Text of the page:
It might seem a little strange to start an A to Z of negotiation with a discussion of alternatives. This is because when we talk about alternatives, we are looking at what happens if we don’t reach agreement in the negotiation. For many people, this equates to the negotiation being a failure.
Understanding our alternatives clearly, helps us to redefine what success means in a negotiation perspective. Alternatives consider plan B. What other actions are available to us if we don't do a deal with our negotiation counterpart. If we can meet our interests better by abandoning the negotiation, failing to reach agreement does not make the negotiation unsuccessful (at least from our perspective!).
Unfortunately, once we have invested time, money and emotion in a negotiation, it’s easy to lose sight of the alternatives. We may end up agreeing to something that was in fact worse than our alternative. Now that’s an unsuccessful negotiation!
Raising your alternatives in a negotiation can be a tricky business. It can easily come across as a threat, significantly impacting the relationship. Consider the infamous Tim Tam negotiation where Campbells Arnotts threatened to stop supply of Tim Tams to Coles if Coles didn't agree to a price rise. The resulting publicity didn't do any good to either party.
A study by Pinkley tells us however, that there can be a real benefit in communicating your alternative to your counterparty when your alternative is strong. The subjects who disclosed their alternatives had more positive outcomes than those that didn't. Finding a way to subtly make the new buyer aware of the first offer is likely to mean that their initial offer is higher than it might otherwise have been.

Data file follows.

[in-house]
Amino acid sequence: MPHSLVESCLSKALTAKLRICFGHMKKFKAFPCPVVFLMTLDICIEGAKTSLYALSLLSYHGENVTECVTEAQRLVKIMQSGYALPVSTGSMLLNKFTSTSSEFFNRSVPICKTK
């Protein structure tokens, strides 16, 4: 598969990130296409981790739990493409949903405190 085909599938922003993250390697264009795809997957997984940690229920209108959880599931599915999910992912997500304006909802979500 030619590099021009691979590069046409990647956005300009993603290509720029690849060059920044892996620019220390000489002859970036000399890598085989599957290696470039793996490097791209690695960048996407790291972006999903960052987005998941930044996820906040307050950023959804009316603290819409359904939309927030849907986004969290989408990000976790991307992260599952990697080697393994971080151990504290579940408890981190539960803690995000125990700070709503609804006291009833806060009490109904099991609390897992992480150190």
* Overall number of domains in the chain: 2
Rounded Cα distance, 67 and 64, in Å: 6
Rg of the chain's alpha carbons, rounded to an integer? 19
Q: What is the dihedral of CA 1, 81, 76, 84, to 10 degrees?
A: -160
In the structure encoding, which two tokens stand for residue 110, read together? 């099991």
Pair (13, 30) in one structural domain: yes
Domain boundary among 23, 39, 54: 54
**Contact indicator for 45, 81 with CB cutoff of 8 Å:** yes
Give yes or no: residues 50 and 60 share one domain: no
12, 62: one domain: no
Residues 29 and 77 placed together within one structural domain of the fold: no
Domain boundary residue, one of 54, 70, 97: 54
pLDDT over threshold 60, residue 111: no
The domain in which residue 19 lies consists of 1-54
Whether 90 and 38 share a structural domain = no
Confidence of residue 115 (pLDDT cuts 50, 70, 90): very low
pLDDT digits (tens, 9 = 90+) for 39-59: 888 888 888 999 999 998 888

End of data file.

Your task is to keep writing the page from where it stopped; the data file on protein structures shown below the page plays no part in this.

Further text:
A further study showed that disclosure of a strong alternative is likely to lead the other party to make a more favourable opening offer. As a negotiation, statistically, is likely to end around the mid-point of the two opening offers, improving the opening offer has a positive effect on the outcome.
So, next time you are preparing to negotiate, don’t forget to think about what avenues are open to you if you can't reach agreement.
For more information about how to negotiate effectively, or for assistance with your next negotiation, contact us for a confidential, no-obligation discussion.